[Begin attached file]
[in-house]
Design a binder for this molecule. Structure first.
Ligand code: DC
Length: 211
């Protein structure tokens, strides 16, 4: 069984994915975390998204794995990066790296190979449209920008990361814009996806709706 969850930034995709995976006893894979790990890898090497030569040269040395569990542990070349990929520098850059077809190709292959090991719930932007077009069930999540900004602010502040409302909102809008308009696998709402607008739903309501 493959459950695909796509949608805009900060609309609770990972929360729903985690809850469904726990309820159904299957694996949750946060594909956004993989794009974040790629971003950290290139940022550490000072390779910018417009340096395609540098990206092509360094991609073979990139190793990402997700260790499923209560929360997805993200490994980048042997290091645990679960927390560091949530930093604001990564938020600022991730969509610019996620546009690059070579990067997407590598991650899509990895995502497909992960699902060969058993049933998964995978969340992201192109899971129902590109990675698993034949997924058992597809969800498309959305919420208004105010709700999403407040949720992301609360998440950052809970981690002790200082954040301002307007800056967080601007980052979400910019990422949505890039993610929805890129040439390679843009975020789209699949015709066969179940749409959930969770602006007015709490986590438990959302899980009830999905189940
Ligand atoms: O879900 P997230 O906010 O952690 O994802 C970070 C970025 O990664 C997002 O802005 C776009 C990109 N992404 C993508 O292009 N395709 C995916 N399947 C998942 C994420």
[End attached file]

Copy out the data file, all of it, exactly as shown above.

[in-house]
Design a binder for this molecule. Structure first.
Ligand code: DC
Length: 211
């Protein structure tokens, strides 16, 4: 069984994915975390998204794995990066790296190979449209920008990361814009996806709706 969850930034995709995976006893894979790990890898090497030569040269040395569990542990070349990929520098850059077809190709292959090991719930932007077009069930999540900004602010502040409302909102809008308009696998709402607008739903309501 493959459950695909796509949608805009900060609309609770990972929360729903985690809850469904726990309820159904299957694996949750946060594909956004993989794009974040790629971003950290290139940022550490000072390779910018417009340096395609540098990206092509360094991609073979990139190793990402997700260790499923209560929360997805993200490994980048042997290091645990679960927390560091949530930093604001990564938020600022991730969509610019996620546009690059070579990067997407590598991650899509990895995502497909992960699902060969058993049933998964995978969340992201192109899971129902590109990675698993034949997924058992597809969800498309959305919420208004105010709700999403407040949720992301609360998440950052809970981690002790200082954040301002307007800056967080601007980052979400910019990422949505890039993610929805890129040439390679843009975020789209699949015709066969179940749409959930969770602006007015709490986590438990959302899980009830999905189940
Ligand atoms: O879900 P997230 O906010 O952690 O994802 C970070 C970025 O990664 C997002 O802005 C776009 C990109 N992404 C993508 O292009 N395709 C995916 N399947 C998942 C994420």